William Shakespeare

(26 April 1564 - 23 April 1616 / Warwickshire)

Sonnet Xcvii - Poem by William Shakespeare

How like a winter hath my absence been
From thee, the pleasure of the fleeting year!
What freezings have I felt, what dark days seen!
What old December's bareness every where!
And yet this time removed was summer's time,
The teeming autumn, big with rich increase,
Bearing the wanton burden of the prime,
Like widow'd wombs after their lords' decease:
Yet this abundant issue seem'd to me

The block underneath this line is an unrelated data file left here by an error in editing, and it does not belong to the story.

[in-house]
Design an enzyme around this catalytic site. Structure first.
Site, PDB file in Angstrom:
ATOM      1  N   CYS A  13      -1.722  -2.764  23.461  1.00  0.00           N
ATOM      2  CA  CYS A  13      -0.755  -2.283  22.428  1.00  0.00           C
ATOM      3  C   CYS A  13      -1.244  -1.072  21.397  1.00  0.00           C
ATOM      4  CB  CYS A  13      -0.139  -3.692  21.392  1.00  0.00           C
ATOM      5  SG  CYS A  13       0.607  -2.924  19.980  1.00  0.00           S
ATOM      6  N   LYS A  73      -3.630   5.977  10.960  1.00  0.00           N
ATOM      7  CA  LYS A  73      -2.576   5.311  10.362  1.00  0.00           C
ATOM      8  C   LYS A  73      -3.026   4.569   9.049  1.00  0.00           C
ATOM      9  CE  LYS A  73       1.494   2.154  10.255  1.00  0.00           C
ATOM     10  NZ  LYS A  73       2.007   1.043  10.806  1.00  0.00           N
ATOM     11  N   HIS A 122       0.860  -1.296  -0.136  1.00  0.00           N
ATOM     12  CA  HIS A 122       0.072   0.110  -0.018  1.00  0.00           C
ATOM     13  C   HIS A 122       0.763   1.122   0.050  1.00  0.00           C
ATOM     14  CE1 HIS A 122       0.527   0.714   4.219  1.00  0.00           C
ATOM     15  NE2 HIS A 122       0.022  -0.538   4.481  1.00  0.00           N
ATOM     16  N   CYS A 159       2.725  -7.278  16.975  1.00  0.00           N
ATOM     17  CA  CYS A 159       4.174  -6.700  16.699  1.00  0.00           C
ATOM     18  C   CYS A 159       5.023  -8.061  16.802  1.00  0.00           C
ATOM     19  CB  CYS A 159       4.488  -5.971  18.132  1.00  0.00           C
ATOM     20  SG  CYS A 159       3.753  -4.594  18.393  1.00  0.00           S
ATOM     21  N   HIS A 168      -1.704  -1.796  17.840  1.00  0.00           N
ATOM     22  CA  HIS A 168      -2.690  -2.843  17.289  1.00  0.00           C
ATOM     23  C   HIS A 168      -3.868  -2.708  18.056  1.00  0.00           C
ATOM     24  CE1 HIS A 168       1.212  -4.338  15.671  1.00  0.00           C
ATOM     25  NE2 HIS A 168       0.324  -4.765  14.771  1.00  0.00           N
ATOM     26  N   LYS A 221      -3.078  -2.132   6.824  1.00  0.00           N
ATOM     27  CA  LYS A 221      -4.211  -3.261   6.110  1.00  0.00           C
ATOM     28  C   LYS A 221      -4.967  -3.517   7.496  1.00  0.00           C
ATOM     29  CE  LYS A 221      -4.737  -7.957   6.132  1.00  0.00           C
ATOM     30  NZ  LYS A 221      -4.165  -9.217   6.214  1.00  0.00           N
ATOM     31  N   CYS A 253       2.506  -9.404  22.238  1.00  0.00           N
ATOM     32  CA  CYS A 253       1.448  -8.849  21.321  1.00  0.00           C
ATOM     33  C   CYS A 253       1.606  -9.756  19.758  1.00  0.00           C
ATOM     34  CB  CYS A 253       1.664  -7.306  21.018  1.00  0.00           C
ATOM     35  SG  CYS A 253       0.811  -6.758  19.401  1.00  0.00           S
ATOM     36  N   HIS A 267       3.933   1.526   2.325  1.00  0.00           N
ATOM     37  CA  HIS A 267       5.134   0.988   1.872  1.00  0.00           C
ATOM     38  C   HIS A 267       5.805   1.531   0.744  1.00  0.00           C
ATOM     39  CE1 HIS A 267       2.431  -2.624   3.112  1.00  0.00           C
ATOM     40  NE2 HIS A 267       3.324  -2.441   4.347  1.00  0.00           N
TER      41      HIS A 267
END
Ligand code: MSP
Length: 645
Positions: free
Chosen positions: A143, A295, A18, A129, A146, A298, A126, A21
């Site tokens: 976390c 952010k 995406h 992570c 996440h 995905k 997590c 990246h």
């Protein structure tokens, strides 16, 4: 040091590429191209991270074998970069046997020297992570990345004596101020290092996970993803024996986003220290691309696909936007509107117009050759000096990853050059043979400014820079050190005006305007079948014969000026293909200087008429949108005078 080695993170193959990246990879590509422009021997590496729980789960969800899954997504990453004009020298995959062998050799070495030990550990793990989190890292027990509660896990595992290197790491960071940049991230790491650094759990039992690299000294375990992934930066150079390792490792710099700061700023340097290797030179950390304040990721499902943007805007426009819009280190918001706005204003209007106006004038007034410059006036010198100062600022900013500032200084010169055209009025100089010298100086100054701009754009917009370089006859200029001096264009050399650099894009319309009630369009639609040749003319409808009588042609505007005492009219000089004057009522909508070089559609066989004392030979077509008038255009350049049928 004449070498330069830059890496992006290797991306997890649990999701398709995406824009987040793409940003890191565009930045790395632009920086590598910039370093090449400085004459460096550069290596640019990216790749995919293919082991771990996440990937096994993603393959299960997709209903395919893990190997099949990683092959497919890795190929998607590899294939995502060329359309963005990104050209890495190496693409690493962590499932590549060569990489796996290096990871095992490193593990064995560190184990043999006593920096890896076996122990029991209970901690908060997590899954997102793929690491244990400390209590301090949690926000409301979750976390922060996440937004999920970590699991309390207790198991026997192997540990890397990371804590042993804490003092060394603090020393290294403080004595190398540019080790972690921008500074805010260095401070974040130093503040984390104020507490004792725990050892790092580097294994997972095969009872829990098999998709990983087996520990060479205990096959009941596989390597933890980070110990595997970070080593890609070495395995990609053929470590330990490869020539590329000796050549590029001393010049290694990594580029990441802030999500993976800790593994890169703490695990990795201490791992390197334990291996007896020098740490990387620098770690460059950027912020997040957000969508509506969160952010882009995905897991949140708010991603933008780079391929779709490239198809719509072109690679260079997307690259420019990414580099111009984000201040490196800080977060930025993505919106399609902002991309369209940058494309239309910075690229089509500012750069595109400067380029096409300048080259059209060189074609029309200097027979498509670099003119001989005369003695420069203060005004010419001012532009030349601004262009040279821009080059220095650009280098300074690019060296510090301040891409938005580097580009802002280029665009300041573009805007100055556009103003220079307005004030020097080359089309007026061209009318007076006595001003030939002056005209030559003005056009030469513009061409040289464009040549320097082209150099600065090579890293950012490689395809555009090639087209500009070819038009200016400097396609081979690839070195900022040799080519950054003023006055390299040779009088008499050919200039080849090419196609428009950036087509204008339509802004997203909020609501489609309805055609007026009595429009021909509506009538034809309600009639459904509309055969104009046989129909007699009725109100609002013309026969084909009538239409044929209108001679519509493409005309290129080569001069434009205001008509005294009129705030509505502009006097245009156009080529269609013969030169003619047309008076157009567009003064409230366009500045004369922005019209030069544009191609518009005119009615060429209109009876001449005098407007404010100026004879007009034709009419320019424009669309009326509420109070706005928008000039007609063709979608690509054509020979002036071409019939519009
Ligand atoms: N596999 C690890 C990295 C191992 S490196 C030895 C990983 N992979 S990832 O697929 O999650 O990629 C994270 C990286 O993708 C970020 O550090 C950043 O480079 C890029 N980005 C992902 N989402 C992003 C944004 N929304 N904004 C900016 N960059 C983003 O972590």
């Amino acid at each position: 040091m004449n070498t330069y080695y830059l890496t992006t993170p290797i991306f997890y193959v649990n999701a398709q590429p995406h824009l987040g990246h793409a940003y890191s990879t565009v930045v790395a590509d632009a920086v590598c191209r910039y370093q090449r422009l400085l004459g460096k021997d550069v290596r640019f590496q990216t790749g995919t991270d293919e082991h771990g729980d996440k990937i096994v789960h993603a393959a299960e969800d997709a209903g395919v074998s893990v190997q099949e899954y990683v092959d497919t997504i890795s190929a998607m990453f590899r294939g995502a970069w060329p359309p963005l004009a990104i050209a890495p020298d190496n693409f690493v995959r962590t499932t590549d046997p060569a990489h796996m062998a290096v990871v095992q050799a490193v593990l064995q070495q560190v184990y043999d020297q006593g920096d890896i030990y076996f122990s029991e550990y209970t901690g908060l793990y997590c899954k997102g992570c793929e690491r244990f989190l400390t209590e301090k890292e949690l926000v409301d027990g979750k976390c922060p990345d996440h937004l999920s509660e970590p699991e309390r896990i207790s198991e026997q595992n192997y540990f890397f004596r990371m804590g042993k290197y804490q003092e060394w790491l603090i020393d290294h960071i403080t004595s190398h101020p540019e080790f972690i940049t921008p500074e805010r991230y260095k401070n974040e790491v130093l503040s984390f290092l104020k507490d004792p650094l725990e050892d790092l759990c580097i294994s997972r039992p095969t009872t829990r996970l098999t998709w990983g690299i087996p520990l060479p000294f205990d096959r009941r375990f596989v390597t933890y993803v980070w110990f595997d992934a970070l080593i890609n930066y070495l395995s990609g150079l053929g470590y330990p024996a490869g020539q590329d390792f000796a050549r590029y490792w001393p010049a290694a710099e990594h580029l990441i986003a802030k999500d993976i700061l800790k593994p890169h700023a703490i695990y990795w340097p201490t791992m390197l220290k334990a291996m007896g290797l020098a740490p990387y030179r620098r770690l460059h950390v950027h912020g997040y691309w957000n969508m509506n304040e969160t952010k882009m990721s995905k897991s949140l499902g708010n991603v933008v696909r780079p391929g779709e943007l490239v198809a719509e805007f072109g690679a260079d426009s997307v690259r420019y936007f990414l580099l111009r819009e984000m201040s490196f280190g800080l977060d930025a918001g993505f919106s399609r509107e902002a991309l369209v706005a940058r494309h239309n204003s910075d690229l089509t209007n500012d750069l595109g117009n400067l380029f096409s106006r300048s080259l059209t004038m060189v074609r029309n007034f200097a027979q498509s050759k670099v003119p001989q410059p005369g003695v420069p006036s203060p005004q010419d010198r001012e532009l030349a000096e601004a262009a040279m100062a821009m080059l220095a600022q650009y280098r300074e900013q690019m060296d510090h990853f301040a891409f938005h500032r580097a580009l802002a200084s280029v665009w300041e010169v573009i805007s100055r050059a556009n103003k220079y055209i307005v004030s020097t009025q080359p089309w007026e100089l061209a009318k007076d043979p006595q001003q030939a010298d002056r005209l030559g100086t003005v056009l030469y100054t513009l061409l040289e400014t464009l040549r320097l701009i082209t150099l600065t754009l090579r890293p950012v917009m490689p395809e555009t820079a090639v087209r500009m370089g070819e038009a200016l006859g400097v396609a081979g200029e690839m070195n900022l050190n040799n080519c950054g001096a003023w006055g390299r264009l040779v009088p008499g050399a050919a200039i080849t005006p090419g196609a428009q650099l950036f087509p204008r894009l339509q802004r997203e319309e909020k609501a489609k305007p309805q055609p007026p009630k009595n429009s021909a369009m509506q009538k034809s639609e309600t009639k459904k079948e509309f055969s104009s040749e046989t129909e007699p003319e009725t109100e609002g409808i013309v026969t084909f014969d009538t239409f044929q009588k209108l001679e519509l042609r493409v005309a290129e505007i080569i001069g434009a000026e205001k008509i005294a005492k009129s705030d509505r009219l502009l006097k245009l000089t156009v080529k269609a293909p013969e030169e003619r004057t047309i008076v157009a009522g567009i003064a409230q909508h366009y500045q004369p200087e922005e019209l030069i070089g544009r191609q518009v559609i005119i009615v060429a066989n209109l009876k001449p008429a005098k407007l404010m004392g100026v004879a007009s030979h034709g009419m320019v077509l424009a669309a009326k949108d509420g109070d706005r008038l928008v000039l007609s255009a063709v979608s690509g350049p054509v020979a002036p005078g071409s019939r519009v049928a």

But hope of orphans and unfather'd fruit;
For summer and his pleasures wait on thee,
And, thou away, the very birds are mute;
Or, if they sing, 'tis with so dull a cheer
That leaves look pale, dreading the winter's near.


Comments about Sonnet Xcvii by William Shakespeare

  • Brian Jani (4/26/2014 2:39:00 PM)


    Awesome I like this poem, check mine out  (Report) Reply

    0 person liked.
    1 person did not like.
Read all 1 comments »



Read this poem in other languages

This poem has not been translated into any other language yet.

I would like to translate this poem »

word flags

What do you think this poem is about?

Read poems about / on: winter, summer, autumn, hope, dark, time, sonnet



Poem Submitted: Monday, May 21, 2001



[Report Error]